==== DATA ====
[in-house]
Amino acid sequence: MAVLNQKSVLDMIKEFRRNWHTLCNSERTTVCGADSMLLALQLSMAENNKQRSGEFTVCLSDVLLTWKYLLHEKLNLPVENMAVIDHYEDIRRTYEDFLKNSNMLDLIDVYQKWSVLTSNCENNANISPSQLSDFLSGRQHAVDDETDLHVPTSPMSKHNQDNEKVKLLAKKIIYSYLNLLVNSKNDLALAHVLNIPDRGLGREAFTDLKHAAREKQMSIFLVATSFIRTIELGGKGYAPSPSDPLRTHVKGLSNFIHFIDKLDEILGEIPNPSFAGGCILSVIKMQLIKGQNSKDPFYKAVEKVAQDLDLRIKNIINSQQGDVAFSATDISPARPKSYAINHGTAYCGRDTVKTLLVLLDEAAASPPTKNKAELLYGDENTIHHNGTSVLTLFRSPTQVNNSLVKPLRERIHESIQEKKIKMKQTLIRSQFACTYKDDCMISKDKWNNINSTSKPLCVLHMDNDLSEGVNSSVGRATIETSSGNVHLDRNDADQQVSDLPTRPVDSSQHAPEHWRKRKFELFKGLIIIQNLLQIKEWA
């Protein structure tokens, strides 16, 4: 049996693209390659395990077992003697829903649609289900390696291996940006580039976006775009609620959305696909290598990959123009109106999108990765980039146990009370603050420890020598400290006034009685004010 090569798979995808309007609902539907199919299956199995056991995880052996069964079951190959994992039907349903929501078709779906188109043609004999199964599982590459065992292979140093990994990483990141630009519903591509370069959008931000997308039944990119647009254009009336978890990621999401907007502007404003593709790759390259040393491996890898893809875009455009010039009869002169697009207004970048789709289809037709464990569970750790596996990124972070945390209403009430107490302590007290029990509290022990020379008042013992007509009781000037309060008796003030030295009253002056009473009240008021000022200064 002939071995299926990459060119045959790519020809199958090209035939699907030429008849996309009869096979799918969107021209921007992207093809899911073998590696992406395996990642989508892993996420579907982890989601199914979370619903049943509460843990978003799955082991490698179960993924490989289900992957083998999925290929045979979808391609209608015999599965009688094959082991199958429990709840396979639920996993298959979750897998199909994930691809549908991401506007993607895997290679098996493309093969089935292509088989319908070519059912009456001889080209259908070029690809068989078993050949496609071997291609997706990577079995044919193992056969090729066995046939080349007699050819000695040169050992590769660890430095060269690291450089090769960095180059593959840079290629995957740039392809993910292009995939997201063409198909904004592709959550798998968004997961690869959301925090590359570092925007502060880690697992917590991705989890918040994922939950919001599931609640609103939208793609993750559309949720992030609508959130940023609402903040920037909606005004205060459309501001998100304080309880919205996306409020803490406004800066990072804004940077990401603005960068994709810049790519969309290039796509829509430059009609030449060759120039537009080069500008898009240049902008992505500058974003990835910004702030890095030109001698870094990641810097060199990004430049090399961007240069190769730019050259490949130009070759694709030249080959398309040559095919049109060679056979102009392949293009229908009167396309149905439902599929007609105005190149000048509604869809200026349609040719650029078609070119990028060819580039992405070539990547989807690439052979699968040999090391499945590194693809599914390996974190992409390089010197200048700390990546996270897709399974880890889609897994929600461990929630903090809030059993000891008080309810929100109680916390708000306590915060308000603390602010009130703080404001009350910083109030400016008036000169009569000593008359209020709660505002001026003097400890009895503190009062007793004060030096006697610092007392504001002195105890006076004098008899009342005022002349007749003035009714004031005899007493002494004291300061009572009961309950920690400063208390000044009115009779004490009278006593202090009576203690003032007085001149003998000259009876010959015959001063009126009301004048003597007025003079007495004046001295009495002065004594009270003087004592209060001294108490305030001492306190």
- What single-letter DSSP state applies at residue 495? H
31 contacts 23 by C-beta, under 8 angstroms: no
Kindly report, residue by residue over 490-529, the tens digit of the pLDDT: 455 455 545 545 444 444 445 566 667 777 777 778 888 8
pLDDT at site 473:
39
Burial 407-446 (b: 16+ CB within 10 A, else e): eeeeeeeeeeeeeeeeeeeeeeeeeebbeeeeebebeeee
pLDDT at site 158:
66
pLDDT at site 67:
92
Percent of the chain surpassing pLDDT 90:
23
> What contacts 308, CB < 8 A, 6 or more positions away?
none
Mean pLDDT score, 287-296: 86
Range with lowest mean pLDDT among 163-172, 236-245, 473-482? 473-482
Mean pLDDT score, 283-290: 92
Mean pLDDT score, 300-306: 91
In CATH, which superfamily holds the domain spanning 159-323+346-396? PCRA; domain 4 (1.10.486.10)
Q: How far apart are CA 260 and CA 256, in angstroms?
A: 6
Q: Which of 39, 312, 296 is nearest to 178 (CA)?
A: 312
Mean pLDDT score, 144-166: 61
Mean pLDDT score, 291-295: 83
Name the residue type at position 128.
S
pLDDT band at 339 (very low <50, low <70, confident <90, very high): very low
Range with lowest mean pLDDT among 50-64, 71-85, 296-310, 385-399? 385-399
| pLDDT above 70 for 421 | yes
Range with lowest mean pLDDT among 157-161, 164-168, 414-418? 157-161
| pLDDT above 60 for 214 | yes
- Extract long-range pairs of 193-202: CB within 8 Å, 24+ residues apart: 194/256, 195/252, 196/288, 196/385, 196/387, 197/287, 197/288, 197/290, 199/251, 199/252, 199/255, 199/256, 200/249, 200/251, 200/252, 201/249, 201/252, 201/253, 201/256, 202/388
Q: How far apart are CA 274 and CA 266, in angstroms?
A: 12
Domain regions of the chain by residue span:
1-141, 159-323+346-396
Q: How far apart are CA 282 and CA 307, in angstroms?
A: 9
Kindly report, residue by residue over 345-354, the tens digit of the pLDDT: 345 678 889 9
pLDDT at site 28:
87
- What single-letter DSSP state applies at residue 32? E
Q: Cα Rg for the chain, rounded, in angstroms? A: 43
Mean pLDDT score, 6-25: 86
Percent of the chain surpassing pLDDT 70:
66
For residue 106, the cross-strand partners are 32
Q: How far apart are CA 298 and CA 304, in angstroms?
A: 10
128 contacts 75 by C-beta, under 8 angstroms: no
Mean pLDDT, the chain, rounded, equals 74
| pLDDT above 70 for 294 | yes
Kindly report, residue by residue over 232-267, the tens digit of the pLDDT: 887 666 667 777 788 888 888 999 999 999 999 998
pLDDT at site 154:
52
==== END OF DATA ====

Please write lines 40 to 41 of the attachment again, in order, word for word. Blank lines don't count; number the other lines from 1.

1-141, 159-323+346-396
Q: How far apart are CA 282 and CA 307, in angstroms?